The misinterpretation of the recent sero-prevalence study conducted by WHO and the Health Ministry has added to the misconception. The sample survey found that 67% of Nepalis have natural immunity against the virus.
But virologists say the test used does not reveal the concentration of neutralising antibodies that fend off the virus in an individual. It does not detect memory T-cells either, which provide crucial immunity against foreign organisms in the body.
After six months of Nepal’s vaccination drive, about half of those who had been inoculated have started registering a decline in the level of antibodies. However, this does not always translate into individuals getting infected, as they might still have immunity afforded by memory T-cells.
“Given our vaccination coverage and natural immunity mostly against the Delta variant, we can say that there might not be an immediate large-scale surge unless there is a new strain,” says pulmonary specialist at Kathmandu’s HAMS hospital Raju Pangeni. “But we also know that even those vaccinated are not fully protected against the Delta variant which transmits much faster in enclosed spaces.”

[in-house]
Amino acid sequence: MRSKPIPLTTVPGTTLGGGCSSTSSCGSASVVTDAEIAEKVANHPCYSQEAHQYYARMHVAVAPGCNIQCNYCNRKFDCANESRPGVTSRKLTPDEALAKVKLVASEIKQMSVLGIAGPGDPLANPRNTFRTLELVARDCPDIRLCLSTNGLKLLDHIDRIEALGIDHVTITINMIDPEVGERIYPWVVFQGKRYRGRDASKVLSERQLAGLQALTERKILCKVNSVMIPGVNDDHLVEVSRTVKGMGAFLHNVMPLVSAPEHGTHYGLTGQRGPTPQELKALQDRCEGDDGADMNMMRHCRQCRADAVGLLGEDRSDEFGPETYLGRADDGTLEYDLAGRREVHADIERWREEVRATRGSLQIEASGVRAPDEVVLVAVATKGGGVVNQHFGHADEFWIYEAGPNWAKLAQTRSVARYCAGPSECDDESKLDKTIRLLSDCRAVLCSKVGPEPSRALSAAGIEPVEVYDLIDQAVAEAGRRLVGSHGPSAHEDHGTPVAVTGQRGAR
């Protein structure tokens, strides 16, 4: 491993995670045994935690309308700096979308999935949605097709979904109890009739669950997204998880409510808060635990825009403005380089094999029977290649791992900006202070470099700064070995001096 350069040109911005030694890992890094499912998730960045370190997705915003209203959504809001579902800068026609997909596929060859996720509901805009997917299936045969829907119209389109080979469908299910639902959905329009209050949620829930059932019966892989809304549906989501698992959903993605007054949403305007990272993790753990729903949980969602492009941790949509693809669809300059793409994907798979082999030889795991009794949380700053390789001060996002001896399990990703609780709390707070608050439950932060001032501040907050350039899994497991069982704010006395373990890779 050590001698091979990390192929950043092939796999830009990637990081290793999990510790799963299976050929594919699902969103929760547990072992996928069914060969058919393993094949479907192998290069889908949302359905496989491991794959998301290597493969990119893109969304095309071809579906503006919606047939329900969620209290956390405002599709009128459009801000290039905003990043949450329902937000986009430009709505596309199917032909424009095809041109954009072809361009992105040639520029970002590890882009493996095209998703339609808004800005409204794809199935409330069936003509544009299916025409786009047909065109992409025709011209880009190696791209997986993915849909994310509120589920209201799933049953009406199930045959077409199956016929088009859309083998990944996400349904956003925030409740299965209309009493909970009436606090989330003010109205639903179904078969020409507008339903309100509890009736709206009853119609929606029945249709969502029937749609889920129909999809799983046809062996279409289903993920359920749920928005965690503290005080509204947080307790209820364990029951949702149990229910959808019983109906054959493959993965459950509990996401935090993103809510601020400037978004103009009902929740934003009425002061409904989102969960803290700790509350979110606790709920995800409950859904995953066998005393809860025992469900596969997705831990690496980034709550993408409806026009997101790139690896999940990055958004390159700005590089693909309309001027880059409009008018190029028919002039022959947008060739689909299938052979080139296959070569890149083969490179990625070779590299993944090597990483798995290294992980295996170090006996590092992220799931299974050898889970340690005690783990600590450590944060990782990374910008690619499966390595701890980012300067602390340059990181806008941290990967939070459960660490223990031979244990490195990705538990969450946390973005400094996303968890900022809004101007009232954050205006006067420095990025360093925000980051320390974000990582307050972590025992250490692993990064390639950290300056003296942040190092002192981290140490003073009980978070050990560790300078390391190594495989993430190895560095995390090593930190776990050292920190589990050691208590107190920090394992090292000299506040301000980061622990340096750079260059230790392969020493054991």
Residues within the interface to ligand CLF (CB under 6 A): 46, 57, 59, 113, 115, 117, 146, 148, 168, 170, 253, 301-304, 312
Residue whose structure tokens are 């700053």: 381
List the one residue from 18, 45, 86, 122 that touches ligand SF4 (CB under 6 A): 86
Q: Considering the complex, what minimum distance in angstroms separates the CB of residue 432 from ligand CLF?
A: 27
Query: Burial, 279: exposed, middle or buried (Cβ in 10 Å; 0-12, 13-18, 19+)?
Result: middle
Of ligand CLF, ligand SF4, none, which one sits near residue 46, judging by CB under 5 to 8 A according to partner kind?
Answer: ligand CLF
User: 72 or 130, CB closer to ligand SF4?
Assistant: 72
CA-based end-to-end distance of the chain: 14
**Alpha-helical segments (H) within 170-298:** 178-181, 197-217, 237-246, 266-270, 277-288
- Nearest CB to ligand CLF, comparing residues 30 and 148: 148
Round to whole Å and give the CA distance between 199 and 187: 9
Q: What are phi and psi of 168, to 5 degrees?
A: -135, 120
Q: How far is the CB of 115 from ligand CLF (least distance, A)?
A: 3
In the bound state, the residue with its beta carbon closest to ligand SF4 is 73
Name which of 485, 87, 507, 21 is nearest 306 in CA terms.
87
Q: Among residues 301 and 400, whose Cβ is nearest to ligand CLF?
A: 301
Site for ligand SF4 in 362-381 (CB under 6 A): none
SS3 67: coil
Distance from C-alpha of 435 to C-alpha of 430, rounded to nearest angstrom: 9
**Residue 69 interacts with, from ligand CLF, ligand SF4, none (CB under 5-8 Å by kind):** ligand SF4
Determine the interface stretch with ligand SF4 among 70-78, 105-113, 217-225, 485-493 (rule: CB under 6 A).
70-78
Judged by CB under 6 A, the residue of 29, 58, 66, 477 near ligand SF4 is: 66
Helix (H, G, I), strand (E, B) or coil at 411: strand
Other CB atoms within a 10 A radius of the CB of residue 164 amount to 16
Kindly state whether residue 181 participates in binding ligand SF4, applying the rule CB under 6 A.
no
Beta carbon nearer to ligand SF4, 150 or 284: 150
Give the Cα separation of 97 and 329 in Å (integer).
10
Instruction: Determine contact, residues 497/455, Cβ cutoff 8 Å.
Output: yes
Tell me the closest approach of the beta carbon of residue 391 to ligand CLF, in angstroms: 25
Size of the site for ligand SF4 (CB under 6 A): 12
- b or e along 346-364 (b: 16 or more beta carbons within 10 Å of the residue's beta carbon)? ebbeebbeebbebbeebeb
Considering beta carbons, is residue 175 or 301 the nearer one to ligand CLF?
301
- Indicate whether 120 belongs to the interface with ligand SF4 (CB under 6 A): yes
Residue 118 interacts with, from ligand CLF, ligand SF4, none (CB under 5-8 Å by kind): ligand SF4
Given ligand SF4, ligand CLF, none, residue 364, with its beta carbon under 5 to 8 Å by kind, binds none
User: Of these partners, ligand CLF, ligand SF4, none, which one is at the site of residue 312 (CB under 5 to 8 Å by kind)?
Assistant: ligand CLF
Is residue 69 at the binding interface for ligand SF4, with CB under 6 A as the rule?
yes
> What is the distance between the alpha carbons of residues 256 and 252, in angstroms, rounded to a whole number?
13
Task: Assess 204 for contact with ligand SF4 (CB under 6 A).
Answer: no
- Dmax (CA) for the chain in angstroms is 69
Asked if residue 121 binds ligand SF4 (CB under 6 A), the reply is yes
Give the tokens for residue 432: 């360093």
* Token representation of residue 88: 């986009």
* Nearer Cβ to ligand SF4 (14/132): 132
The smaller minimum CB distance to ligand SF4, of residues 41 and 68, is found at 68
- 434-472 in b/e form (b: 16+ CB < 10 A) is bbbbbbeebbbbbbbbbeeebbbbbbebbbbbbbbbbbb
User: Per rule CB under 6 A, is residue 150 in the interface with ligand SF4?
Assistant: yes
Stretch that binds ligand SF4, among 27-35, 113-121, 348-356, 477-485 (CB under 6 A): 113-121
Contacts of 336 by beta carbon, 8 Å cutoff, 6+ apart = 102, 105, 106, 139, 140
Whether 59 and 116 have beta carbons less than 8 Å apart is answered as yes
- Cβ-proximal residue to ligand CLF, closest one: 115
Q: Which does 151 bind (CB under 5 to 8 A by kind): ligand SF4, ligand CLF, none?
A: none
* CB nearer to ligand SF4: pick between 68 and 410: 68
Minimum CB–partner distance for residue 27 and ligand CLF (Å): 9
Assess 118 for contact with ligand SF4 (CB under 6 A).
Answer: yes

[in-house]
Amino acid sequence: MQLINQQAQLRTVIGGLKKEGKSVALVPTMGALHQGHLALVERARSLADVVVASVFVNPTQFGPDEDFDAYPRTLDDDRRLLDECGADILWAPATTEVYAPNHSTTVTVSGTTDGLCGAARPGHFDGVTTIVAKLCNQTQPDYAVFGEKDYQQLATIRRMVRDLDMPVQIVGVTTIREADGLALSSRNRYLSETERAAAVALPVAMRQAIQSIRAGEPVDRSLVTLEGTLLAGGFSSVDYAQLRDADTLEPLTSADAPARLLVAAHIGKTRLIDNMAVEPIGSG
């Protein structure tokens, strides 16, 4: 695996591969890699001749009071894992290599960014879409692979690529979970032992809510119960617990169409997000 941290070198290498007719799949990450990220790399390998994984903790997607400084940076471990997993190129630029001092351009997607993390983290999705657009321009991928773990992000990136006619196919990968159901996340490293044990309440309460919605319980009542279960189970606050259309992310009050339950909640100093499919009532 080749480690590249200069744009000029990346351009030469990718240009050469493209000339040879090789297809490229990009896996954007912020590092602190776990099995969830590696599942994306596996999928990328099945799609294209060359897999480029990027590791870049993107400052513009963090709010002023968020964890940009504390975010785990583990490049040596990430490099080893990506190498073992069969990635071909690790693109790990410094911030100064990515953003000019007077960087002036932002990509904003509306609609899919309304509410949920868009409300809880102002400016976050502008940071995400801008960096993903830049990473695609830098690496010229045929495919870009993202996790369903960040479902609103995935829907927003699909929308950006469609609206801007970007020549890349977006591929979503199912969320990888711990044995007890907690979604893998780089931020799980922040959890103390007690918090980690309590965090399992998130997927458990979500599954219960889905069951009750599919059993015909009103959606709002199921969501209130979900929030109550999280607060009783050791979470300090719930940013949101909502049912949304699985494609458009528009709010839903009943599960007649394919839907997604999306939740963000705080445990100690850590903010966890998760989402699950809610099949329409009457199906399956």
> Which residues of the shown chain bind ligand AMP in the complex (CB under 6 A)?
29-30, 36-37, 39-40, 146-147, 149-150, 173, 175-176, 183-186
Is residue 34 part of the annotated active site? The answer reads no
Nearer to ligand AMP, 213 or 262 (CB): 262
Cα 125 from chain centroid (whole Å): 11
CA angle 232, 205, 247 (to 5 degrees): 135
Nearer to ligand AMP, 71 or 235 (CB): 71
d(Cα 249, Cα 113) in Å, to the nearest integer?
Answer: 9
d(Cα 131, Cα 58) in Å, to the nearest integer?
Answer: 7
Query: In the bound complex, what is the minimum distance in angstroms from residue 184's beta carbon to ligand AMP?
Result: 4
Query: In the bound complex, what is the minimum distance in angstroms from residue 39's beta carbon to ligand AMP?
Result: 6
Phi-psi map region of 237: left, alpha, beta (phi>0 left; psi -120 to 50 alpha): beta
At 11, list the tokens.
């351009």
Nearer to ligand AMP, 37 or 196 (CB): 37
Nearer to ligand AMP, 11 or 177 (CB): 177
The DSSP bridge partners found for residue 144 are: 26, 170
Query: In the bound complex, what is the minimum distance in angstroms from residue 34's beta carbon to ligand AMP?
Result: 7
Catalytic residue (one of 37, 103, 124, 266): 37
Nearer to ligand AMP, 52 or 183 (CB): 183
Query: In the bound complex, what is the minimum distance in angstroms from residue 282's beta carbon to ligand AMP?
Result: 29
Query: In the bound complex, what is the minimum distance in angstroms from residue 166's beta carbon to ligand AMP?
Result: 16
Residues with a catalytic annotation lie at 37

With the Dasain festival starting this week, people are now leaving for their hometowns, and market places are crowded. Parties, meetings and seminars are being held in enclosed spaces, and unvaccinated students are packed into classes for lessons before the holidays begin.
During Dasain, children and the elderly are at the most risk of infection. While children are entirely unvaccinated, senior citizens even if fully inoculated have weaker antibody responses. This means the mobile younger population that have been vaccinated and hence are asymptomatic even if infected pose severe risks to the vulnerable groups.
“We must perform our rituals this Dasain keeping in mind the consequences of our actions, if we are not careful we will be jeopardising the health of our children and parents,” says Sherpa, who works with IPAS Nepal.
Experts have now shifted their focus to the post Dasain-Tihar festival season, and upcoming winter months when coronaviruses thrive. Children, elderly, people with co-morbidities, and immune-compromised individuals are at the higher risk.
Says Raju Pangeni: “Our priority now must be to vaccinate children across Nepal after the holidays. At the same time, we must also promote influenza vaccines in order to avoid the double whammy of Covid and flu.”